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The doctrine of Judicial Precedent lies in the heart of the English Legal System.

In essence, the doctrine refers to the fact that within the hierarchical structure of the English courts, a decision of a higher court will be binding on a court below as long as the facts of the cases are similar. However, the binding precedent itself is not referring to the decision of a particular case but rather the reason behind the decision; ratio decidendi. Such rule is used to create stability, consistency and predictability for the decisions delivered by the courts.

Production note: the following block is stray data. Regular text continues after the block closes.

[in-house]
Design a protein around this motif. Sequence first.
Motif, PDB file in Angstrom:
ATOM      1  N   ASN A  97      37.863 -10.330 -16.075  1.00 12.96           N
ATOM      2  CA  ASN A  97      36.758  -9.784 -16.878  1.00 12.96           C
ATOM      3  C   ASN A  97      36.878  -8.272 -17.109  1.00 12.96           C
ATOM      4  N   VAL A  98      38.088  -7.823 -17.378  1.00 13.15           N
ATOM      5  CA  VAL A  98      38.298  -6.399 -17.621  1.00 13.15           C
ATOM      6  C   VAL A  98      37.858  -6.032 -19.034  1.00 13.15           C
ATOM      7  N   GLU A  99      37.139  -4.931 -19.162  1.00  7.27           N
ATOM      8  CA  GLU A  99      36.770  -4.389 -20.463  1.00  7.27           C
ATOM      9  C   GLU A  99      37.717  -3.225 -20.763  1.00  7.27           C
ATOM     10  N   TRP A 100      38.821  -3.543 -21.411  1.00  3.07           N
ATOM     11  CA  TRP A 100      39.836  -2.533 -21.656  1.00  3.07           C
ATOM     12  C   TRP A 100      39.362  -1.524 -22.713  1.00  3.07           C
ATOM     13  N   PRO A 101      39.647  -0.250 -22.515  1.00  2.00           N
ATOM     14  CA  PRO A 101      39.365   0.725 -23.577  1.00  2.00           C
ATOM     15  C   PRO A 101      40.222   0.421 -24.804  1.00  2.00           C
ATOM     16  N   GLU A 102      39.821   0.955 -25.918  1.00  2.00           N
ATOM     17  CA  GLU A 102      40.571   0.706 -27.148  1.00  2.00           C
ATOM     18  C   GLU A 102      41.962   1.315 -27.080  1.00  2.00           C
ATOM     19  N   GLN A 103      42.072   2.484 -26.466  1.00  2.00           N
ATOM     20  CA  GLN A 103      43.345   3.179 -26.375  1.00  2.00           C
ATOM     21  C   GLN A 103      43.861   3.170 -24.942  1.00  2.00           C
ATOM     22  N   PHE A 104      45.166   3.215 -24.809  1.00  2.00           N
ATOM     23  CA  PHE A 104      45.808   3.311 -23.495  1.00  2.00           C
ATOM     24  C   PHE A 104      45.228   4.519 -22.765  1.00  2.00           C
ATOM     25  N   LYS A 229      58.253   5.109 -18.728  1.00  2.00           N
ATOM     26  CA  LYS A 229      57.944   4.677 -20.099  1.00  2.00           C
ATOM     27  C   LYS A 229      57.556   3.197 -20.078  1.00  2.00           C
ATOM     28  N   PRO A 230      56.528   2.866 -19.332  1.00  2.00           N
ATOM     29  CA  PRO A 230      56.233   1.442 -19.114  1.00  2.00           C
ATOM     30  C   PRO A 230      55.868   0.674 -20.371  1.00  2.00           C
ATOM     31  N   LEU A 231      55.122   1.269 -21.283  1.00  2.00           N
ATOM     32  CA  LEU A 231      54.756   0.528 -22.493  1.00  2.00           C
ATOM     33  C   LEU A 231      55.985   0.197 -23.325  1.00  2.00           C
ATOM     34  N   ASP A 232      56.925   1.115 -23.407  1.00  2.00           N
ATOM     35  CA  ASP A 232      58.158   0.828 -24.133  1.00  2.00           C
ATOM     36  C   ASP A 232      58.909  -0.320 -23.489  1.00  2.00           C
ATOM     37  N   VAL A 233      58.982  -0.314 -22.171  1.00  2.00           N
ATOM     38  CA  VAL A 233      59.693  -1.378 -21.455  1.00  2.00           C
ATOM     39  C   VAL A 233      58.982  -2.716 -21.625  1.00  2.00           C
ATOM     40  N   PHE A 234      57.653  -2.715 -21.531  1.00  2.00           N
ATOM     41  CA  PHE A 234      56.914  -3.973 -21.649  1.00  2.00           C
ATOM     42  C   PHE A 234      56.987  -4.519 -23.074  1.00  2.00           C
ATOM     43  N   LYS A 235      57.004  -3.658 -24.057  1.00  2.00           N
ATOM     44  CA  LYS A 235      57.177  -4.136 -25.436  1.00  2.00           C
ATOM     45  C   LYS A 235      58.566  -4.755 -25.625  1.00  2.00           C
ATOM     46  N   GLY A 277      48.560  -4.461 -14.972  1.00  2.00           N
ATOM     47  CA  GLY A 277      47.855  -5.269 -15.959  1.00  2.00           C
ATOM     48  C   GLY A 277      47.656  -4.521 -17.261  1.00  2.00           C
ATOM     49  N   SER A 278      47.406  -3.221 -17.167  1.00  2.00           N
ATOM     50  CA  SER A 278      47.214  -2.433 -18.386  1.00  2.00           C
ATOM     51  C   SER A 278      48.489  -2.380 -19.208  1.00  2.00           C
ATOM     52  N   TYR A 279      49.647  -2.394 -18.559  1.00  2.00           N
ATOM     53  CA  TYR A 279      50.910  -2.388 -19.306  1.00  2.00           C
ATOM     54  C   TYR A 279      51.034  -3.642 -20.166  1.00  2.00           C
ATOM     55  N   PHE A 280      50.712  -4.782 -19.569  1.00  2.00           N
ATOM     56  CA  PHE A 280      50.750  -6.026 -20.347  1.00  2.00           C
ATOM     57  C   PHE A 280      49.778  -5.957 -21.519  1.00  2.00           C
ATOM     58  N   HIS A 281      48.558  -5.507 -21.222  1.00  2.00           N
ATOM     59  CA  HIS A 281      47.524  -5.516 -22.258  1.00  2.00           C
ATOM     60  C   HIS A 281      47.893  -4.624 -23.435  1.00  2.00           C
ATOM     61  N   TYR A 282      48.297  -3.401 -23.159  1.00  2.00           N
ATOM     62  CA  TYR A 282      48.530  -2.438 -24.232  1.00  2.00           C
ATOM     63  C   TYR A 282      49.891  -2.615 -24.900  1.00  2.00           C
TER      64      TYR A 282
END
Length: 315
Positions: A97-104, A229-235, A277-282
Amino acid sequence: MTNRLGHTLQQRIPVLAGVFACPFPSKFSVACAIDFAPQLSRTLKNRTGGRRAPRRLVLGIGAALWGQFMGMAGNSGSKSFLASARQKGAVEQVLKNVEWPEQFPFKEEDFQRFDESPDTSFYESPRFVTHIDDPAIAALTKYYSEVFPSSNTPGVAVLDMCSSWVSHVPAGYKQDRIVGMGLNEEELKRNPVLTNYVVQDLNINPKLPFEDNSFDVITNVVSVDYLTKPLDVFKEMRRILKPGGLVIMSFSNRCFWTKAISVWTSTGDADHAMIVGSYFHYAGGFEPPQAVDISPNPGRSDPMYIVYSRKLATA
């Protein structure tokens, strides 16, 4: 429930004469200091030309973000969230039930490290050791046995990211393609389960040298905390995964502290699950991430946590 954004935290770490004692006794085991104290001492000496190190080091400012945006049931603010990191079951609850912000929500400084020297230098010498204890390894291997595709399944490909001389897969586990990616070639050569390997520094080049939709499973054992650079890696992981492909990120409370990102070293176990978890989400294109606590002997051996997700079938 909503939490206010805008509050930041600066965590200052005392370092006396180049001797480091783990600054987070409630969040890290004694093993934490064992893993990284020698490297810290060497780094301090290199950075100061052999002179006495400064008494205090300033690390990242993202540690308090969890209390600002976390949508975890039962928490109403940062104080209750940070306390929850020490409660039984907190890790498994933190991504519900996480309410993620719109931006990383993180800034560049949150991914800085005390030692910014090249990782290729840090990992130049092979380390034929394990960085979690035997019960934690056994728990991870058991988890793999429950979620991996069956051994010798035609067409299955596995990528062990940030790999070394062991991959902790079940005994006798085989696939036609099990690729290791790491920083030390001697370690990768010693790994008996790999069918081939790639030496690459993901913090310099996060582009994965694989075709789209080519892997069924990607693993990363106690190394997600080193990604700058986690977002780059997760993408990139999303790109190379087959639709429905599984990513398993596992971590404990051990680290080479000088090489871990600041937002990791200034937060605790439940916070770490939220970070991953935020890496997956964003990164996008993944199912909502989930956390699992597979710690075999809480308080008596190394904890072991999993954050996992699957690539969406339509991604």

Among that, the court also deliver obiter dictum whereby it is a statement said by the way. They do not form part of the ration but are used as persuasive authority which judges may take into considerations and adopt if they are consider appropriate. The doctrine of judicial precedent operates in conjunction with the hierarchy of the English Courts and it refers to the fact that a decisions of a higher court will be binding on an equal or lower court. House of Lords stand is the highest court in this hierarchy causing its decision to be bind by all the courts below it. Prior to this, as established in the case of [ London Tramways v London County Council] the House of Lords regarded itself as being completely bound by its own precious decisions unless the decision had been made in per incuriam(in error). But this was not seen to be satisfactory as the laws could not be alter to meet changing social conditions and opinions. Therefore in 1966, Lord Gardiner( the Lord Chancellor then) issued Practice Statement allowing House of Lords to depart from their previous decision when it appears the right to do sp. This was seen in the case of [Milliangos v George Frank] overruled [ Re v United Railways] in order to allow damages to be paid in other currency which is not sterling. Although the Law Lords are now allowed to depart from their previous decisions, it must be emphasized that the Law Lords are reluctant to do so in general. For example, in [ Jones v Secretary of State], though a few Law Lords felt that the earlier case of [ Re Dawling] was decided wrongly, there was a great unwillingness to depart from this. This was simply due to the fact that overruling operates retrospectively. Sitting right below the House of Lords is the Court of Appeal. In the court of Appeal level, each judge follows the decisions of all higher courts above but need not follow the views of other judges in the same court or lower courts. The Court of Appeal is usually bound by its own past decisions in civil cases as well as those in the House of Lords. However, the Court of Appeal is also allowed to depart from its previous decision in civil cases in the circumstances laid down in a case called [ Young v Bristol Aeroplane].